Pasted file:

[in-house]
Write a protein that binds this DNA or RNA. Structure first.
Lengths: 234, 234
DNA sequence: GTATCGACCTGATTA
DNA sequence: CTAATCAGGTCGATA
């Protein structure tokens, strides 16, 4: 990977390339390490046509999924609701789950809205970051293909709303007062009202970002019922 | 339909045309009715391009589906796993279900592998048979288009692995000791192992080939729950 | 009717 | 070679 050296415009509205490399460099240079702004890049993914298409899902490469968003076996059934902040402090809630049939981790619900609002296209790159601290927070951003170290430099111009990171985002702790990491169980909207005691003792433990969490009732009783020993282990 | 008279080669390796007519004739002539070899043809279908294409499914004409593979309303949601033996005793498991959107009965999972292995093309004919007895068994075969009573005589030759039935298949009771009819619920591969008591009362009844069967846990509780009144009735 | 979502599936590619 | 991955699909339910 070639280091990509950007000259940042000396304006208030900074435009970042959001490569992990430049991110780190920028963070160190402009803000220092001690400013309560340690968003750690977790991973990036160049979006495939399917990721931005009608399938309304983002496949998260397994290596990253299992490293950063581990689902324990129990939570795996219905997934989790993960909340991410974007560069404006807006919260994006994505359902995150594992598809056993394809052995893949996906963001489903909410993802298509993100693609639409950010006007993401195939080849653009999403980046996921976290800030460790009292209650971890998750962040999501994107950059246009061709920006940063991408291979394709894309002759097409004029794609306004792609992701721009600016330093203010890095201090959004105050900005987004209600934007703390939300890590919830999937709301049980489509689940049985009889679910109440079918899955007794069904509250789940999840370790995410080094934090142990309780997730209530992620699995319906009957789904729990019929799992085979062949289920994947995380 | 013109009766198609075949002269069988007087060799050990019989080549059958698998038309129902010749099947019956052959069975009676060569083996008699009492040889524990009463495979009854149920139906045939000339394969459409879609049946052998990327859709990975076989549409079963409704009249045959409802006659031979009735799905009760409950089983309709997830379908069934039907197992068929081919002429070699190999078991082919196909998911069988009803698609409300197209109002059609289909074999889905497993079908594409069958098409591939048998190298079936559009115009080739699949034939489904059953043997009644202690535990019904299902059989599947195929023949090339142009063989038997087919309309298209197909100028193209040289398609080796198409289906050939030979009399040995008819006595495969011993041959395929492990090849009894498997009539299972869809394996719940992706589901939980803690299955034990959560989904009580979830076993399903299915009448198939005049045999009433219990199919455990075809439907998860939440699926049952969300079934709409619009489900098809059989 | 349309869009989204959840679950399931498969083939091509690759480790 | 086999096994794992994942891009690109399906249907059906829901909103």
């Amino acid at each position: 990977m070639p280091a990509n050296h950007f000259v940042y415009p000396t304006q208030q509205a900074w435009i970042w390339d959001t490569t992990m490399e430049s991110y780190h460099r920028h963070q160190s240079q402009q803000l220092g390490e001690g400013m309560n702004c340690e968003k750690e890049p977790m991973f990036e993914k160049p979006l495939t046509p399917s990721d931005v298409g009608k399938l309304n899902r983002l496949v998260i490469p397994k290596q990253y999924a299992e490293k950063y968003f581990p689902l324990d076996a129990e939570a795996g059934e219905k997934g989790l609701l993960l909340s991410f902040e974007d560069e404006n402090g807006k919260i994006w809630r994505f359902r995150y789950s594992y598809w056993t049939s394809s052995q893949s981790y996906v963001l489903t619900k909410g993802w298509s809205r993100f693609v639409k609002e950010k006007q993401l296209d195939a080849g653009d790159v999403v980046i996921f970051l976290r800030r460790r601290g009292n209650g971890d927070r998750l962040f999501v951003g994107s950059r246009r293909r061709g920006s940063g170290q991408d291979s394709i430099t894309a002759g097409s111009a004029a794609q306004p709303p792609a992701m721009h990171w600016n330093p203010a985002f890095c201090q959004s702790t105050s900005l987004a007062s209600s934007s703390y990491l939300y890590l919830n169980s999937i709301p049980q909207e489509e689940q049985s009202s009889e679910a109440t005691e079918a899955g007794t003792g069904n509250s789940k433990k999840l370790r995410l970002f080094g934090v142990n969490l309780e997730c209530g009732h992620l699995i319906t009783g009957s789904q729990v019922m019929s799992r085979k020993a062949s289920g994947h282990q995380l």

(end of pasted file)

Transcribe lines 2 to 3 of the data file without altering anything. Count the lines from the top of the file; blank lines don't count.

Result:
Write a protein that binds this DNA or RNA. Structure first.
Lengths: 234, 234